If Islanders think they have Lyme disease submit the tick, says Health PEI
'Lyme disease is so hard to diagnose'
Doctors, pharmacists, nurses and other health-care professionals are learning about how to manage antibiotics on P.E.I. at an event called Antibiotic Matters in Charlottetown Wednesday.
One of the major topics on the agenda is Lyme disease and Health PEI's infectious disease consultant Dr. Greg German will speak about the disease including how to diagnose and manage it.
Now, German is asking Islanders to submit ticks.
"If you think you've been bitten and you have a tick with you, I want you to send it to one of our Health PEI laboratories," German told Island Morning host Mitch Cormier.
Lyme disease is so hard to diagnose because you have to take so many things into account.— Dr. Greg German
They will accept the tick and do further studies, German said, adding that on the Island there are about zero to four cases confirmed annually, and in those cases people are often bitten off-Island.
Tough to diagnose
"Lyme disease is so hard to diagnose because you have to take so many things into account," German said.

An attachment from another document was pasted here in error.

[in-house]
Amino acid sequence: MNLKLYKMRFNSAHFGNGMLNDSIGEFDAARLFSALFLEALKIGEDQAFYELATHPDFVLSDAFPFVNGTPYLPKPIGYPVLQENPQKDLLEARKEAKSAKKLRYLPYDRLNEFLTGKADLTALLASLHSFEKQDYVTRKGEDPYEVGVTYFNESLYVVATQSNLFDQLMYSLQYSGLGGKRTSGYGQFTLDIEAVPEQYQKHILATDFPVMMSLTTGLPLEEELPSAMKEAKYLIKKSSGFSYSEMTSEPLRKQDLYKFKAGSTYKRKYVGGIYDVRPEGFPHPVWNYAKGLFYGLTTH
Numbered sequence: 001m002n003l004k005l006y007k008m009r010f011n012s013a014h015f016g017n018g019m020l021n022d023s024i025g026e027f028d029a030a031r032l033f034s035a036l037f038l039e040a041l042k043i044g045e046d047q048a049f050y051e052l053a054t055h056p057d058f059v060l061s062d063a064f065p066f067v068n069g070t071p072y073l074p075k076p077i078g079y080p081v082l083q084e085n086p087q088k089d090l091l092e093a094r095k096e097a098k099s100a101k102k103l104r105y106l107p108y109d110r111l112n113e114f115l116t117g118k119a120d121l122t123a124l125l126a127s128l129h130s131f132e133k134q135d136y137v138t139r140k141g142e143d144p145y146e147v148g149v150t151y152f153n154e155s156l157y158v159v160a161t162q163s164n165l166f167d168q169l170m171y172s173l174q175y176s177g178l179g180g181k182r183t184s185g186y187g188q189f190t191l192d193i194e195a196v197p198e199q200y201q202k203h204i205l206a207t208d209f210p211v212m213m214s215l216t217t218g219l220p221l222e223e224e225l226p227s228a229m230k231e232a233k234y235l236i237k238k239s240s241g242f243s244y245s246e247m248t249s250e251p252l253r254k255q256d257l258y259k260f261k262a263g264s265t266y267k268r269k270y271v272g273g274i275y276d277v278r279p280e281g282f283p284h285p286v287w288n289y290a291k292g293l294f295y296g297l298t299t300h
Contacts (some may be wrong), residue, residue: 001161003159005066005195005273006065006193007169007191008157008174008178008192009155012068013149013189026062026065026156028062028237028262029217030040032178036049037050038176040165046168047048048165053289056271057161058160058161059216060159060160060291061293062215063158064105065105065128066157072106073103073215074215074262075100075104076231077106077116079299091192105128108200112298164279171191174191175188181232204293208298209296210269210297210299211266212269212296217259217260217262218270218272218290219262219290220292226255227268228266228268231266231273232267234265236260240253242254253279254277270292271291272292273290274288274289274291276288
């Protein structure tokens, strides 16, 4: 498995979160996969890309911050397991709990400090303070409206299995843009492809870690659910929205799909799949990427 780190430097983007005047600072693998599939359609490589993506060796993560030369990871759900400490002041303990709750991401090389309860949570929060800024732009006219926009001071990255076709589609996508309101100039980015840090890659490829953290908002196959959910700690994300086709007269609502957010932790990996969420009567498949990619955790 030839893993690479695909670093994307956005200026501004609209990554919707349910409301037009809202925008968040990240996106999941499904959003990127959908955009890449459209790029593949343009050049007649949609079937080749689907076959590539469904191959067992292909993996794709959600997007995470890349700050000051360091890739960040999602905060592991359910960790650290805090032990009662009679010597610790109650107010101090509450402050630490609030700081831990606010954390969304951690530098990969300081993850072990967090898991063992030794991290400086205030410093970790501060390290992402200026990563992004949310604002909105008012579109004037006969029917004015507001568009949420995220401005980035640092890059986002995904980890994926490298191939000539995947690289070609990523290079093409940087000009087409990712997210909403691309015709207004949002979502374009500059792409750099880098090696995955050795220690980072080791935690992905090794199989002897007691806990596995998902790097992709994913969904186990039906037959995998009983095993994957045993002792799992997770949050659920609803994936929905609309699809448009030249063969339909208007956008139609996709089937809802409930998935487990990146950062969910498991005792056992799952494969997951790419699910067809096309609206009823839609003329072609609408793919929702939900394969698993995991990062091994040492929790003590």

German said factors such as where the patient is from, the time of season and their symptoms all have to be considered.
We have such a low rate of Lyme disease compared to other places.— Dr. Greg German
"There are so many different symptoms that have been shown to be part of Lyme disease in a general sense."
According to Health Canada, early signs of Lyme disease include rash, fever, chills, headache, fatigue, swollen lymph nodes and muscle and joint aches.
Untreated Lyme disease can lead to issues such as facial paralysis, heart and neurological disorders, arthritis and in rare cases death.
Testing too early
According to The Canadian Lyme Disease Foundation, patients can sometimes see several false negatives before getting a positive diagnosis.
"The Lyme disease serologic test, the blood test works very well when you are at the one month or later mark," German said.
The test has problems detecting Lyme disease before then because the immune system hasn't been exposed long enough, German said.
"Once you get past one month, or especially three months you are really looking at a 99 per cent success rate."
Low Island Lyme disease rates
Usually people go to the doctor when they notice symptoms or have been bitten by a tick, German said.
German said Islanders who think they have the disease often have another condition.
"We have such a low rate of Lyme disease compared to other places."
German said Health PEI will have a public education campaign about Lyme disease in April, asking Islanders to submit any ticks they find on themselves or a family member.
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With files from Island Morning